Author Archive | Bill Federer


Why our nation isn’t what Jefferson envisioned

Thomas Jefferson Ten years before William Shakespeare died, the colony of Virginia was named for the “Virgin Queen” Elizabeth. Virginia’s first charter stated, April 10, 1606: “Greatly commending … their Desires for the Furtherance of so noble a Work, which may, by the Providence of Almighty God, hereafter tend to the Glory of His Divine […]

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Don’t forget importance of prayer in government

U.S. Senate Chaplain Barry C. Black was elected in 2003. Posted on the official U.S. Senate website is: “Chaplain’s Office – Throughout the years, the United States Senate has honored the historic separation of church and state, but not the separation of God and state. … The first Senate, meeting in New York City on […]

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The hidden secrets in the Library of Congress

Library of Congress The Library of Congress is the largest library in the world with over 118 million items on more than 500 miles of shelves. It began April 24, 1800, during President John Adams’ administration, with a $5,000 grant from Congress. Originally located inside the Capitol building, its purpose was to help legislators write […]

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Shakespeare vs. Bible: How 1 influenced the other

William Shakespeare with his family Miguel de Cervantes influenced the Spanish language in the same way William Shakespeare influenced the English language. Miguel de Cervantes fought the Muslim Ottoman Turks at the Battle of Lepanto in 1571. In 1575, he was captured by Muslim Barbary pirates and held as a slave in North Africa for […]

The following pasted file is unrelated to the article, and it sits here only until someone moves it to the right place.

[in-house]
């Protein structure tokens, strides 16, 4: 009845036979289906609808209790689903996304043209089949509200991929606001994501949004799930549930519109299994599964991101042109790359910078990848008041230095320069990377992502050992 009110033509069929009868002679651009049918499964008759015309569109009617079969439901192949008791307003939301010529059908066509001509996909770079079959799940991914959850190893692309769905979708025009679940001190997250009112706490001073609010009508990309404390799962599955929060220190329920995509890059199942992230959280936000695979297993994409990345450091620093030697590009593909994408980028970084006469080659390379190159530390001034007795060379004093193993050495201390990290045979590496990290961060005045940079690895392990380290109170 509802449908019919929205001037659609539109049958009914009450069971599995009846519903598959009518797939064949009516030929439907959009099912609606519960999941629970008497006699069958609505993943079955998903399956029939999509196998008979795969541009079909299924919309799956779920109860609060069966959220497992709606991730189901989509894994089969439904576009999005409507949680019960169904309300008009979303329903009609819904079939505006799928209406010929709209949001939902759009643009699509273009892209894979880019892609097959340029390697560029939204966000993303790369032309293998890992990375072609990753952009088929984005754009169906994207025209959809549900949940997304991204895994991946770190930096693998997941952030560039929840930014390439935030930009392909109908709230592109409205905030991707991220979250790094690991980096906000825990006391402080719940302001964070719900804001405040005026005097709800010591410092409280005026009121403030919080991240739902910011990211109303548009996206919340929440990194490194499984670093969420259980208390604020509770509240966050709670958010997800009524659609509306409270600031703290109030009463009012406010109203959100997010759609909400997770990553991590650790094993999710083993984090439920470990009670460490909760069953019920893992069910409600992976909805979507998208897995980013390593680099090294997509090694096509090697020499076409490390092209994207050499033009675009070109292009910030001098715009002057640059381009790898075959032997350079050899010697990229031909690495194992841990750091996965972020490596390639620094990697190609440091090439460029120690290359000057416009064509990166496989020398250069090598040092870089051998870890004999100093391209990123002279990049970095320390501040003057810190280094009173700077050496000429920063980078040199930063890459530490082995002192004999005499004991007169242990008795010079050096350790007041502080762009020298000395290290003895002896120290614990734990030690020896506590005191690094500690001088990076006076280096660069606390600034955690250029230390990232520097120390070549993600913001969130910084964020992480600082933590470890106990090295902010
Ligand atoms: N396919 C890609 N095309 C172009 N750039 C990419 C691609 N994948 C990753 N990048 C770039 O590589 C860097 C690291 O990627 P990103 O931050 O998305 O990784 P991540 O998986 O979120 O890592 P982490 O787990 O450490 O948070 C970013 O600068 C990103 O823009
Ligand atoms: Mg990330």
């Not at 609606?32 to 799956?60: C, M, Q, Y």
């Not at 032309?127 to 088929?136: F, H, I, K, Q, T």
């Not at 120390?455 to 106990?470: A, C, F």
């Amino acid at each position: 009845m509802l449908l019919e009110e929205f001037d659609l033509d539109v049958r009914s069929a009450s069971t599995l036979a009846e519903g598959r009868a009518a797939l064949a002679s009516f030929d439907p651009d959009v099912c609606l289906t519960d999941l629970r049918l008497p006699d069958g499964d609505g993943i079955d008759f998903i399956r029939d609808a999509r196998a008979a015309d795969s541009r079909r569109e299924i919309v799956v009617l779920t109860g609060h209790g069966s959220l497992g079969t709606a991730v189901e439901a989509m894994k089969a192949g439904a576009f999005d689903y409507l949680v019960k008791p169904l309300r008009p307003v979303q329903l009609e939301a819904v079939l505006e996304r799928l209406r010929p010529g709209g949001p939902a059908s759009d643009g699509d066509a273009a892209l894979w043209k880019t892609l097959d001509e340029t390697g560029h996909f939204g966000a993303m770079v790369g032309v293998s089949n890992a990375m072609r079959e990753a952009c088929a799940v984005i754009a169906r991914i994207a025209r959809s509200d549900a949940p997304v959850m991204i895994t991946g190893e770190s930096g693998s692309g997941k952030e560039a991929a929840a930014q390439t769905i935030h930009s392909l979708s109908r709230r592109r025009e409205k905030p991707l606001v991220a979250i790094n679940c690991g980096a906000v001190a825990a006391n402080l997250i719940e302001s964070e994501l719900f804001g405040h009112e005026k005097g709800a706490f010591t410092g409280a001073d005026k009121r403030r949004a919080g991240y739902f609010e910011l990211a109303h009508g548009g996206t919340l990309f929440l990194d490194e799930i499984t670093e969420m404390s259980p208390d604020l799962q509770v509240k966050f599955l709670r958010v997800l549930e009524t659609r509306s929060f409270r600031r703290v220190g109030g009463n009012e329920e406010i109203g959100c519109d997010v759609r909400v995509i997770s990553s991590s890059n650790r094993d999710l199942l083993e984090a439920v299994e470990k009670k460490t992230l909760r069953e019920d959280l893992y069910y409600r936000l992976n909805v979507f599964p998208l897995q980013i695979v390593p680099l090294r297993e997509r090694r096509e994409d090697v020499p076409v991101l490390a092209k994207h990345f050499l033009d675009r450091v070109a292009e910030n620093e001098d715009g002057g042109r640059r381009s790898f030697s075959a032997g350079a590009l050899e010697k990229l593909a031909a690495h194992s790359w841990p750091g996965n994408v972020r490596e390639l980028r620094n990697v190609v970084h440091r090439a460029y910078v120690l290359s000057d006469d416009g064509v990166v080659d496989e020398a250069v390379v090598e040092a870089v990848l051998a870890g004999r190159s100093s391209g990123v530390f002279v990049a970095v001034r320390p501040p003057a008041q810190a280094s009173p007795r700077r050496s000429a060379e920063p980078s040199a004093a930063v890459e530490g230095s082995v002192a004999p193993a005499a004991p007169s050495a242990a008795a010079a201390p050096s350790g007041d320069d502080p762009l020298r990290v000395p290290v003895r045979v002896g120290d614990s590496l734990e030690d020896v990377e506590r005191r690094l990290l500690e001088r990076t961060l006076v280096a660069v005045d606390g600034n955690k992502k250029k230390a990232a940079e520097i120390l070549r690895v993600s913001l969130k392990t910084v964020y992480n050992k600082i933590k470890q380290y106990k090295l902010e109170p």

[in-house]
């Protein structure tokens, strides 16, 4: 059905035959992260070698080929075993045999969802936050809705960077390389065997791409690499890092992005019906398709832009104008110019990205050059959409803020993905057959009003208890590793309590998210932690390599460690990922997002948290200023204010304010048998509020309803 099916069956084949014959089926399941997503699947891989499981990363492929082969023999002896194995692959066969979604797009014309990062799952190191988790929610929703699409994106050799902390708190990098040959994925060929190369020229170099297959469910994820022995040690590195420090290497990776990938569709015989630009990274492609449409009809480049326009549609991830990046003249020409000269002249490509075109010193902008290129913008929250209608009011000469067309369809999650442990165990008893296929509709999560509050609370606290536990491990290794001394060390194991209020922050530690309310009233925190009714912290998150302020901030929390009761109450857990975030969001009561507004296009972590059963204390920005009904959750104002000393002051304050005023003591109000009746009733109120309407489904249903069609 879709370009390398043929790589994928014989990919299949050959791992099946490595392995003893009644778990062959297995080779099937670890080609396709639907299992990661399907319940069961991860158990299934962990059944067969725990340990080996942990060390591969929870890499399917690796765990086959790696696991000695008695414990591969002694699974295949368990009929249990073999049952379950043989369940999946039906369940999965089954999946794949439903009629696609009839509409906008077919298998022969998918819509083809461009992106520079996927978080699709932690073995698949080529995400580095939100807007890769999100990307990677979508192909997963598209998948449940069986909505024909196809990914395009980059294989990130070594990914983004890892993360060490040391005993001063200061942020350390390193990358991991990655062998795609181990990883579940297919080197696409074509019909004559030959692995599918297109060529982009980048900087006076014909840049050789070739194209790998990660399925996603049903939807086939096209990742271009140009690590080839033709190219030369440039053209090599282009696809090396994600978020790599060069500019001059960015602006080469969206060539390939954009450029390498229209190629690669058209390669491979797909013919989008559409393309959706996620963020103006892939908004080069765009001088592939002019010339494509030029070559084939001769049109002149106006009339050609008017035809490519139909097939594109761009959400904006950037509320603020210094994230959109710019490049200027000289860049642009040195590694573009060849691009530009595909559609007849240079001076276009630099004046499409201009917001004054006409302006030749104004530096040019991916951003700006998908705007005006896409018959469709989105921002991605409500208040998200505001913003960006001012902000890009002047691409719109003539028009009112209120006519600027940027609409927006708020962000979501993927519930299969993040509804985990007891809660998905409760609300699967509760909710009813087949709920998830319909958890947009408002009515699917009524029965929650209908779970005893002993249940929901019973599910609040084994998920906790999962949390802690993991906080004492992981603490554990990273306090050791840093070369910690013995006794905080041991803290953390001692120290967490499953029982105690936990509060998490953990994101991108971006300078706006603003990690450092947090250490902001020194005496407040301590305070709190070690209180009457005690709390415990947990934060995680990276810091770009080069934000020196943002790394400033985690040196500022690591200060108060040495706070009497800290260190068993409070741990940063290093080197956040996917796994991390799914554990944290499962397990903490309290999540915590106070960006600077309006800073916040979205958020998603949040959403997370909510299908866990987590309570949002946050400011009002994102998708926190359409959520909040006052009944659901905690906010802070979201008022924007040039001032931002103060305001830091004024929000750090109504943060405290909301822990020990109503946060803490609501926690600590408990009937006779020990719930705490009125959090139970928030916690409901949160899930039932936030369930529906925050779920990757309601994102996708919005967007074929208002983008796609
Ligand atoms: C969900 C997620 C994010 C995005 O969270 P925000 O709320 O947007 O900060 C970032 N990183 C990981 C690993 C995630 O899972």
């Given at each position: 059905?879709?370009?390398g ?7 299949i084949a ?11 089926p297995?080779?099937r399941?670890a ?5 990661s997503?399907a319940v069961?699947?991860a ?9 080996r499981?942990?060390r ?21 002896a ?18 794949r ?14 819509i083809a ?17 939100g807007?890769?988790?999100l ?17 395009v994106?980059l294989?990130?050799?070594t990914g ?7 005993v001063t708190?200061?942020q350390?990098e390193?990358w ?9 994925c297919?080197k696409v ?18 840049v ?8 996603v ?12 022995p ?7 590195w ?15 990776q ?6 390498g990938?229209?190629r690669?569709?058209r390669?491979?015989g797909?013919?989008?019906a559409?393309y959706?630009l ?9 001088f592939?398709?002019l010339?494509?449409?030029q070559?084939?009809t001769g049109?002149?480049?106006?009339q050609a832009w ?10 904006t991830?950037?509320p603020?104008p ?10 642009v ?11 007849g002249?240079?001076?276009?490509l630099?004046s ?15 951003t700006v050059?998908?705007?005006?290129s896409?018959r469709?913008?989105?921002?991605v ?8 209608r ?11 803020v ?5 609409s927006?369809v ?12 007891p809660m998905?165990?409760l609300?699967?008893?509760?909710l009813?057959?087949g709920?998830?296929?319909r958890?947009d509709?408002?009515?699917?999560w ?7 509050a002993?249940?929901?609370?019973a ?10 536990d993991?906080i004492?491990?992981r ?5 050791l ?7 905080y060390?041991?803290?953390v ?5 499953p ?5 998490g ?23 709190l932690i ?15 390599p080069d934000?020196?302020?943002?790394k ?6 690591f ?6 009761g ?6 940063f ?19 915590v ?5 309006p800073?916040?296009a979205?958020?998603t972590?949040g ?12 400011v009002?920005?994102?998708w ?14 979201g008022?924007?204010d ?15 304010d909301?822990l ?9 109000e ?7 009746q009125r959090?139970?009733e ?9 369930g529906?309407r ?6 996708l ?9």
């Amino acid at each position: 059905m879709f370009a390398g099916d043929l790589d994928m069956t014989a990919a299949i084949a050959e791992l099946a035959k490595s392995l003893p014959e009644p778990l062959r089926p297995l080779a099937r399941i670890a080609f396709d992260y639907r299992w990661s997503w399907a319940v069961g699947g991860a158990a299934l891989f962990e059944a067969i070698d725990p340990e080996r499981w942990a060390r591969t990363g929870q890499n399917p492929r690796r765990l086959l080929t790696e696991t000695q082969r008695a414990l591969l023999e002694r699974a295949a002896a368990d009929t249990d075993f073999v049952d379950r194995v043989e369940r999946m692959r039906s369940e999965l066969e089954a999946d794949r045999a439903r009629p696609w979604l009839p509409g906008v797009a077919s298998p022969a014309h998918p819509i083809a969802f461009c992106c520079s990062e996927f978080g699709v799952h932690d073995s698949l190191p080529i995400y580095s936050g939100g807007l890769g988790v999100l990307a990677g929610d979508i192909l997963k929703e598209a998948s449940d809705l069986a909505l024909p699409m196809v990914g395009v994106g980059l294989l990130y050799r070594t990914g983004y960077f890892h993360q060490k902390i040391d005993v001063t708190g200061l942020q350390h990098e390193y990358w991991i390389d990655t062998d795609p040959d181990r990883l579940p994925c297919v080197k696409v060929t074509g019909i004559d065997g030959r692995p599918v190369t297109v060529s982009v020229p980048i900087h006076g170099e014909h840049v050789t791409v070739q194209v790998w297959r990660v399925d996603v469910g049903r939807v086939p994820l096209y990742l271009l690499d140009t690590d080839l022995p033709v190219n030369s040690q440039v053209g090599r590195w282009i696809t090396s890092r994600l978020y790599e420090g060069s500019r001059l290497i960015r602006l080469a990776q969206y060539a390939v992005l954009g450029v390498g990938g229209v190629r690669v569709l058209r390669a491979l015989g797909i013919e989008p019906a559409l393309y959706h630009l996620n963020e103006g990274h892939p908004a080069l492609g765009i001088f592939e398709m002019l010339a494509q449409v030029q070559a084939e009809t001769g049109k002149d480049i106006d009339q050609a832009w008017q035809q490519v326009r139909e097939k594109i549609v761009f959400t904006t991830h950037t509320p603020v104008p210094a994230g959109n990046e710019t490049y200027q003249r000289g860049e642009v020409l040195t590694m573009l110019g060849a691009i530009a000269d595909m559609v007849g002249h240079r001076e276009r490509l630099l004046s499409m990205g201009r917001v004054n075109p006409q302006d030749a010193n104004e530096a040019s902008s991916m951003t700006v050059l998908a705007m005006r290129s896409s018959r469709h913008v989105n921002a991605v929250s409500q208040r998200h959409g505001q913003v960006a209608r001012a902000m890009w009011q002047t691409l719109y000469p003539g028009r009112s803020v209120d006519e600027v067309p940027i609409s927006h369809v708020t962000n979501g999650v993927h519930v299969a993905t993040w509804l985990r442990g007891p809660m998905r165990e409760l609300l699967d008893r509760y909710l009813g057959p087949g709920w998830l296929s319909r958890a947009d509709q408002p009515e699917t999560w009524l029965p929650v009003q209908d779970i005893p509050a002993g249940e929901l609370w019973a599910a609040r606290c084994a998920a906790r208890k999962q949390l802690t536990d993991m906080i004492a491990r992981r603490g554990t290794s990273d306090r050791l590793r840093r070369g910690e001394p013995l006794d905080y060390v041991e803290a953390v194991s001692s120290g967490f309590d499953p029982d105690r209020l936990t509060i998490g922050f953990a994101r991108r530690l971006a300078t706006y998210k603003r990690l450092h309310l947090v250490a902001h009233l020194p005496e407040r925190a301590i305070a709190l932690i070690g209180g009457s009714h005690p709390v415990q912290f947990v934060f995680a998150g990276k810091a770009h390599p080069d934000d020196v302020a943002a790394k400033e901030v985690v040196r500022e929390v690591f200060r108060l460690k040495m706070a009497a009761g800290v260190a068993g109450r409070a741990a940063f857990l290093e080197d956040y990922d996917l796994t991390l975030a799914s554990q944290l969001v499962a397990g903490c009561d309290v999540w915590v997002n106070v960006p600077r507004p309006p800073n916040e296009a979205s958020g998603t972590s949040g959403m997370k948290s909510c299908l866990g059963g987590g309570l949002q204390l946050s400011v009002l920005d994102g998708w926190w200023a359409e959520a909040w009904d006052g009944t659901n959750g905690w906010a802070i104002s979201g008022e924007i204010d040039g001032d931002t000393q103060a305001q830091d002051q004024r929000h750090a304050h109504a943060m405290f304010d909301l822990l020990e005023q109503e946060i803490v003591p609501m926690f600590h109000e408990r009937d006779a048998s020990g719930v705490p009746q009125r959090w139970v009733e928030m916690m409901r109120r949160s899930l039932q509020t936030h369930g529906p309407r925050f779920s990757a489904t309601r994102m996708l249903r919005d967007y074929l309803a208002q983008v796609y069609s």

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How are Indian removal and Islamic expansion related?

Trail of Tears Gold had been discovered in Georgia in 1828, resulting in a Democrat-controlled Congress rushing through the Indian Removal Act, which passed by a single vote in 1830. It was signed by Democrat President Andrew Jackson and carried out by Democrat President Martin Van Buren. Though unauthorized by the tribe, prominent Cherokees John […]

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What were Mark Twain’s views on Islam?

Samuel Clemens aka Mark Twain “Mark Twain,” a river measurement meaning 12-feet-deep, was the pen name of Samuel Langhorne Clemens. Growing up on the Mississippi, Clemens left school at age 12 when his father died. He became a printer’s apprentice, then piloted steamboats till the War between the States suspended river traffic. Samuel Langhorne Clemens […]

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In only a few years, this man moved mountains

David Brainerd Born in Haddam, Connecticut, April 20, 1718, his parents died while he was a young teenager. He attempted farming, but on July 12, 1739, he had an experience with God of “unspeakable glory” that gave him a “hearty desire to exalt Him, to set Him on the throne and to ‘seek first His […]

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History’s most effective way to enslave people

The sun never set on the British Empire. It was the largest empire in world history. Out of nearly 200 countries in the world, only 22 were never controlled or invaded by Britain. In April of 1775, the British Royal Military Governor of Massachusetts, General Thomas Gage, sent 800 British Army Regulars, under the command […]

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What was so special about the Pilgrims?

William Brewster William Brewster is portrayed in the U.S. Capitol Rotunda holding an open Bible, in the painting “Embarkation of the Pilgrims.” William Brewster is also portrayed in the Rotunda giving thanks to God in the “Frieze of American History” depiction of “The Landing of the Pilgrims.” William Brewster is depicted as representing “religion” in […]

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The way to wealth, according to Benjamin Franklin

Benjamin Franklin On April 17, 1790, the son of a poor candle-maker died. The 15th of 17 children, he apprenticed as a printer and published a popular almanac. He retired at age 42, then taught himself five languages, invented the rocking chair, a stove, bifocal glasses, and the lighting rod, which earned him degrees from […]

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